Yemen's defence ministry and Shi'ite rebels agreed a ceasefire on Sunday after clashes which have shaken the capital Sanaa and its outskirts, the country's official 26 September newspaper said.
Since the breakdown last week of a previous truce reached at the beginning of the month, government forces and allied tribesmen have struggled to halt the militants' advance on villages just 25 miles (40 km) northwest of the capital.
Policemen clashed with armed followers of the Houthi movement - named after their leader's tribe - in a standoff outside the group's political bureau in Sanaa on Saturday.
The ceasefire envisions reshuffling military and civilian leaders in areas affected by the fighting, compensating slain Houthi supporters and an investigation into the violence, a government statement published by the newspaper said.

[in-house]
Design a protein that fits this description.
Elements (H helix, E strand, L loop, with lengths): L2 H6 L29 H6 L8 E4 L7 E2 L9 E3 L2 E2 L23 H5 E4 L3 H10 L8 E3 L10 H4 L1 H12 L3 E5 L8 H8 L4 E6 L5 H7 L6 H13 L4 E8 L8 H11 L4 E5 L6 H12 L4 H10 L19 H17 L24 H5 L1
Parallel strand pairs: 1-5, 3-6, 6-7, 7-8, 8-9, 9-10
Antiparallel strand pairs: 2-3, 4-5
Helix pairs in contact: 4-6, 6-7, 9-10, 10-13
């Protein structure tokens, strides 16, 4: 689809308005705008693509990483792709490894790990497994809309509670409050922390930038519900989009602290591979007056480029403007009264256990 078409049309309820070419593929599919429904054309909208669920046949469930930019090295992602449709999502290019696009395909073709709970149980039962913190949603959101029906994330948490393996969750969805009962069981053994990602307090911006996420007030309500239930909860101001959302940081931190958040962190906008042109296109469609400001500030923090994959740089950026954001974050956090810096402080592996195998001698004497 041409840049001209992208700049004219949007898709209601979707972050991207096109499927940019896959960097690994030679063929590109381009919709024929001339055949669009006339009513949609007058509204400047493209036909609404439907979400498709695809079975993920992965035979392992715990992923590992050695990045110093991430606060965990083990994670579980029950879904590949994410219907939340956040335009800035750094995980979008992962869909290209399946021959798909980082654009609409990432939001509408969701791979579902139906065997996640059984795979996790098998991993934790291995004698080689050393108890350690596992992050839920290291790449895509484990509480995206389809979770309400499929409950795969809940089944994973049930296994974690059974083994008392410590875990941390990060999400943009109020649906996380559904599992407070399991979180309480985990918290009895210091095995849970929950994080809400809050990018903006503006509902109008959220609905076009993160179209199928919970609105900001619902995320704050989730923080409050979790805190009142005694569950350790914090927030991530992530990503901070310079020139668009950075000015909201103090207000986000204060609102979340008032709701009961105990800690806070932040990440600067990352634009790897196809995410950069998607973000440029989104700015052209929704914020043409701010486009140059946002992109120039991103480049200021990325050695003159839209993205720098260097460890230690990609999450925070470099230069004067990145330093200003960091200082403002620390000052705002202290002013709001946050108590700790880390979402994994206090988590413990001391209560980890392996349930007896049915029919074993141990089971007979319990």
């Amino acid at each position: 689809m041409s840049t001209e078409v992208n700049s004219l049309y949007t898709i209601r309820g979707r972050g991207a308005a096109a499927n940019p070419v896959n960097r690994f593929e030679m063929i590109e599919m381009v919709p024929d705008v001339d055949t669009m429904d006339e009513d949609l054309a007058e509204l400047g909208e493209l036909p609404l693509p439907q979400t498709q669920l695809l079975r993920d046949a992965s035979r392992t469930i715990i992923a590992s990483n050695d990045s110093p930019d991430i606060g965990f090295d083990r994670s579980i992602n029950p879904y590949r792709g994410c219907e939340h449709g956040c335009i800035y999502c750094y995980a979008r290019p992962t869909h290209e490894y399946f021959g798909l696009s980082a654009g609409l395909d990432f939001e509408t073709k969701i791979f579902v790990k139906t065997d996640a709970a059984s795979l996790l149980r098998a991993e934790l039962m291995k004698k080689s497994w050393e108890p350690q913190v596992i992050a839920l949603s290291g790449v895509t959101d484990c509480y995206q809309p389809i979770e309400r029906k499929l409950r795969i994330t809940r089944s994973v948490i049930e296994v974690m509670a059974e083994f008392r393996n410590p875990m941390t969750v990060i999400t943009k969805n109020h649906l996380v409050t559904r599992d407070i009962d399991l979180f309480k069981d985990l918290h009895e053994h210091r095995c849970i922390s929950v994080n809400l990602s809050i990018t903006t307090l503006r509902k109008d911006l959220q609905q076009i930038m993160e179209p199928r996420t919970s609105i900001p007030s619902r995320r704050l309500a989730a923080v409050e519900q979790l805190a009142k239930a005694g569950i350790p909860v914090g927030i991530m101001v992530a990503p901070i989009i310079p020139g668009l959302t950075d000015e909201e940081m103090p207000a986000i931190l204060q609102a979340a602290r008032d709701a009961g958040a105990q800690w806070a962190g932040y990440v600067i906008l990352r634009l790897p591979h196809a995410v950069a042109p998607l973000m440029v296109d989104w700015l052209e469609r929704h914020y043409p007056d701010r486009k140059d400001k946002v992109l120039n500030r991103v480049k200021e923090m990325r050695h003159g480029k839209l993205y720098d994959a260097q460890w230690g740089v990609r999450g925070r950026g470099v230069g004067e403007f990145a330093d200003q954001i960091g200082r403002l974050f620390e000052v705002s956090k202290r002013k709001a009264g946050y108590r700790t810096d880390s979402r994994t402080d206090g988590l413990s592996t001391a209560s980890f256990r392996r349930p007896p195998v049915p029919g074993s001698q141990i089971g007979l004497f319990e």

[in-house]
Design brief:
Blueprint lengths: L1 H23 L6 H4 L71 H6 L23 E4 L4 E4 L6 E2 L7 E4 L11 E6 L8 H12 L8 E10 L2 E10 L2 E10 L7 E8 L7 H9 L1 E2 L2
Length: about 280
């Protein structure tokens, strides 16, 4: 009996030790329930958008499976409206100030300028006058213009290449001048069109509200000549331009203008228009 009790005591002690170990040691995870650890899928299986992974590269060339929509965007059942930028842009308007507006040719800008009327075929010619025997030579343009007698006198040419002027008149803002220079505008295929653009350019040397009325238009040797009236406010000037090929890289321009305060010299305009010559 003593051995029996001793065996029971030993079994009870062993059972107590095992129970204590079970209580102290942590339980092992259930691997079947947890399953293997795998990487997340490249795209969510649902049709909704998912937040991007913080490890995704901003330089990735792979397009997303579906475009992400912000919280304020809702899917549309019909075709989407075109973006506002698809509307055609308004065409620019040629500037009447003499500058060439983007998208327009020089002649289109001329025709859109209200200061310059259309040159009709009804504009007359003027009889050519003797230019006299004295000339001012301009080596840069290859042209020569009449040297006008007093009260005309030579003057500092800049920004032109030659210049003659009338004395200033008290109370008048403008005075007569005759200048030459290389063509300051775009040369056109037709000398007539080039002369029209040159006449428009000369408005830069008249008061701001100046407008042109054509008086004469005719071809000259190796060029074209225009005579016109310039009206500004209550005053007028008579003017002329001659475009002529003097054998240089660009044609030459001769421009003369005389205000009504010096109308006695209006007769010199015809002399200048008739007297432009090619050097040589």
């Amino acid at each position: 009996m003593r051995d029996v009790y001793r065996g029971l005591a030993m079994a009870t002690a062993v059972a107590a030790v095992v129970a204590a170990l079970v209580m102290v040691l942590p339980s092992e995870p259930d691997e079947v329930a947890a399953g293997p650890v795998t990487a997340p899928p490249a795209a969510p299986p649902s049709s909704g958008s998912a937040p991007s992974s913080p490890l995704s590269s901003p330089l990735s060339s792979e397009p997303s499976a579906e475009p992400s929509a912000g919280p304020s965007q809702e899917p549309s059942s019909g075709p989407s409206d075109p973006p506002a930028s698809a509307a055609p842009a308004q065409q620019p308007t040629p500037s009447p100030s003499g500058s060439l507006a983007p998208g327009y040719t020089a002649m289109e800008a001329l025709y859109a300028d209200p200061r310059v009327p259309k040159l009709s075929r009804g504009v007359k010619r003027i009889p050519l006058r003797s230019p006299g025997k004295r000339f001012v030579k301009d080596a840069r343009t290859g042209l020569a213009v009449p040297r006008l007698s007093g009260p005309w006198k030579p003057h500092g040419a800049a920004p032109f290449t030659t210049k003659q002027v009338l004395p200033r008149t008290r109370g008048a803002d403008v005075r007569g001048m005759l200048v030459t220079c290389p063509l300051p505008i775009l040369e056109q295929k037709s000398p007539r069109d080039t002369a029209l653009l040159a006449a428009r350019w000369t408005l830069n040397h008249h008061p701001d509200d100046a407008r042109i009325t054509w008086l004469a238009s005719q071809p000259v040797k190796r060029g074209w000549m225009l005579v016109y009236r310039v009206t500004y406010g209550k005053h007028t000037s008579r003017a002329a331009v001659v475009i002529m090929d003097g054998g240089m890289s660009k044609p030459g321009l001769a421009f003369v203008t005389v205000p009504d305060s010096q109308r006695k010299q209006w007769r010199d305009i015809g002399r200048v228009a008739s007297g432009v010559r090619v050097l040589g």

US-allied Yemen, an impoverished country of 25 million that shares a long border with the world's top oil exporter Saudi Arabia has been in turmoil since 2011 when mass protests forced veteran president Ali Abdullah Saleh to step down.
At least 200 people have been killed this year in battles pitting the insurgents against the government and tribal allies.
Officials say the Houthis, who have fought short but devastating wars with government forces since 2004, are getting weapons from Iran. The rebels deny this, saying they seek autonomy and less US interference in Yemen's affairs.
The fighting in northern Yemen, which has taken on a sectarian tone, has further unsettled a country struggling to overcome many problems, including a secessionist movement in its restive South and the nationwide spread of Al-Qaeda militants.